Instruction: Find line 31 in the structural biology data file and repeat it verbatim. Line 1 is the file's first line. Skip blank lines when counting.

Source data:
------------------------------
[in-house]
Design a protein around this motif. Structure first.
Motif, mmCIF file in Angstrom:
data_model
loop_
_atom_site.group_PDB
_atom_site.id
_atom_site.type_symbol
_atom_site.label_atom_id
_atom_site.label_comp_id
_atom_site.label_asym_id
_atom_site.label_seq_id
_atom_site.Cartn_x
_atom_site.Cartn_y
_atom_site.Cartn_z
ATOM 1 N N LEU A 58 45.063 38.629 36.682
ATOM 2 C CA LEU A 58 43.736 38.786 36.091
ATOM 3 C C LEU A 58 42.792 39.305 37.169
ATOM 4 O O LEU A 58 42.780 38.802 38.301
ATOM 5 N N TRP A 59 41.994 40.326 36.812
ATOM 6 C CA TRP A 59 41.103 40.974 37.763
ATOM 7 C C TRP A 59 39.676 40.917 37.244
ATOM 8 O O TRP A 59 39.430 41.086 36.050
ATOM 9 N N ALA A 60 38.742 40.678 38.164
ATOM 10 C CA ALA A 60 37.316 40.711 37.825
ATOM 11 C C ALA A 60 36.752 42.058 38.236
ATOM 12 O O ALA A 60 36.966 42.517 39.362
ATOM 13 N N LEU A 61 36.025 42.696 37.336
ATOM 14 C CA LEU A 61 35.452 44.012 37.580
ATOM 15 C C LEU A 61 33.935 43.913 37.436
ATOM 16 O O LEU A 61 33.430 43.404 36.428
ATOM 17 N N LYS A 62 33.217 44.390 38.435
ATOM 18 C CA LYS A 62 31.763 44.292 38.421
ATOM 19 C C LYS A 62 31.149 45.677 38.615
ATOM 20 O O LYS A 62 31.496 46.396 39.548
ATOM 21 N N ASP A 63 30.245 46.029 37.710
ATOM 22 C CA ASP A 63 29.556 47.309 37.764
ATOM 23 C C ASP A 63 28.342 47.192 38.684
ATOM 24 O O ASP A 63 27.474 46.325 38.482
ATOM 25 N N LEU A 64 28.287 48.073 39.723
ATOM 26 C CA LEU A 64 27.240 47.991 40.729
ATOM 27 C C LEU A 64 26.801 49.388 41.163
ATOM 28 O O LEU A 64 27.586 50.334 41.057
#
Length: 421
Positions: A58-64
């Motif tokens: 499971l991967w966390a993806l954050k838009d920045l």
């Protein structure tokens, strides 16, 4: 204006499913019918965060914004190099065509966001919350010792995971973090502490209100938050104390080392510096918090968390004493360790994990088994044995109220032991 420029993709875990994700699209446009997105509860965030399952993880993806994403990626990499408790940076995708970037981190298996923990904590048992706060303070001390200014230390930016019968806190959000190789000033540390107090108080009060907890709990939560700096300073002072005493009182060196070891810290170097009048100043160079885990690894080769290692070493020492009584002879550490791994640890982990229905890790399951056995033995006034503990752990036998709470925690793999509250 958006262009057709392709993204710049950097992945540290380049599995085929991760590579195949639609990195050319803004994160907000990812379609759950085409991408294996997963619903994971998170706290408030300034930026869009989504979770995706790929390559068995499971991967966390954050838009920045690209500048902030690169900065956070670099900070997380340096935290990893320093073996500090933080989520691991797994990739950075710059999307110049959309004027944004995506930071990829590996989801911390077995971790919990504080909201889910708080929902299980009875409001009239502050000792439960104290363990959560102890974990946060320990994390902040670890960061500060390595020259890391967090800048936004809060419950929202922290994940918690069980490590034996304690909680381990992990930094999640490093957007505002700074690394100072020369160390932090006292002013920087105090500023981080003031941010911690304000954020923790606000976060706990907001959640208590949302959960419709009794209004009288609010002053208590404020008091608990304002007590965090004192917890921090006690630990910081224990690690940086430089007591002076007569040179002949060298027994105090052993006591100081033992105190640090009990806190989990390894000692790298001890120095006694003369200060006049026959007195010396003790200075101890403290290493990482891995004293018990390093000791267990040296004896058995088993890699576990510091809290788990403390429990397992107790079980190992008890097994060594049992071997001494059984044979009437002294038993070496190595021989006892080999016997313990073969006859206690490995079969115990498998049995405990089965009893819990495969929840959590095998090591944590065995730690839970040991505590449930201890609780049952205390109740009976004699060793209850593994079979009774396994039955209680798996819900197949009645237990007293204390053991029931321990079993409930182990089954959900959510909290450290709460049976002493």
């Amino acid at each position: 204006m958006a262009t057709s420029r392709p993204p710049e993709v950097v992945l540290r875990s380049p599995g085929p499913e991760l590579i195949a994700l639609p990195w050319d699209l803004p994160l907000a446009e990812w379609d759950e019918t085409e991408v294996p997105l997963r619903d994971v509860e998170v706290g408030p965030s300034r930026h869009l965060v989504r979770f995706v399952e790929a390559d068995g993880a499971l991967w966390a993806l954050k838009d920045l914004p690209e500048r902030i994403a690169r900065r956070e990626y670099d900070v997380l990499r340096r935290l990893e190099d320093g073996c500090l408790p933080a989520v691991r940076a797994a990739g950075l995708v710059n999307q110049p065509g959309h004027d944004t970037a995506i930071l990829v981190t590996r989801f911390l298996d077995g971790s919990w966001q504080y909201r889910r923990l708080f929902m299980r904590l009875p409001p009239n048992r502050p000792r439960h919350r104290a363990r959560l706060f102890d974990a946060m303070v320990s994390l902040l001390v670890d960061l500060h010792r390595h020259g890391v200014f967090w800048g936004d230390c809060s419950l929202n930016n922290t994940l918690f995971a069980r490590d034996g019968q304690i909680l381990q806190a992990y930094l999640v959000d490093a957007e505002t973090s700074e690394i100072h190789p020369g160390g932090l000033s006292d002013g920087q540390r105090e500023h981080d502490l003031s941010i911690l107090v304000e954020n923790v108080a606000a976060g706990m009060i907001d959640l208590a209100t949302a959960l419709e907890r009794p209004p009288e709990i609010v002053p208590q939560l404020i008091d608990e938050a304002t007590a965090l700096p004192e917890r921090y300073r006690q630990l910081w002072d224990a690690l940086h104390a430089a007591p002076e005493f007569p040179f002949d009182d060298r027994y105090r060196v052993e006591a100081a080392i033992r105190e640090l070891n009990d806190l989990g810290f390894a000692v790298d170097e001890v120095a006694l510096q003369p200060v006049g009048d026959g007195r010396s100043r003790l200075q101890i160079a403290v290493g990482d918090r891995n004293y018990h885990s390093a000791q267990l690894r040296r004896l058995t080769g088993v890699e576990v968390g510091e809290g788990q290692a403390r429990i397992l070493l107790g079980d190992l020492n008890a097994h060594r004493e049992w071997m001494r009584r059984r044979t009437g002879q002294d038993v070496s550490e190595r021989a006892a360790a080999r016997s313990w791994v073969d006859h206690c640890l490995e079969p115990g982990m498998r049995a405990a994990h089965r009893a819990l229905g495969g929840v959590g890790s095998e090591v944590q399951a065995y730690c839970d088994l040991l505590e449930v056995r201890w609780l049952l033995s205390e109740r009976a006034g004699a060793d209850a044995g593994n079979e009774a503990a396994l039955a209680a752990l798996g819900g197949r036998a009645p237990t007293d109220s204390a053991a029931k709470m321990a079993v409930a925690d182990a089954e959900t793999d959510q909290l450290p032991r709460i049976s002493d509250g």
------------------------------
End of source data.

ATOM 16 O O LEU A 61 33.430 43.404 36.428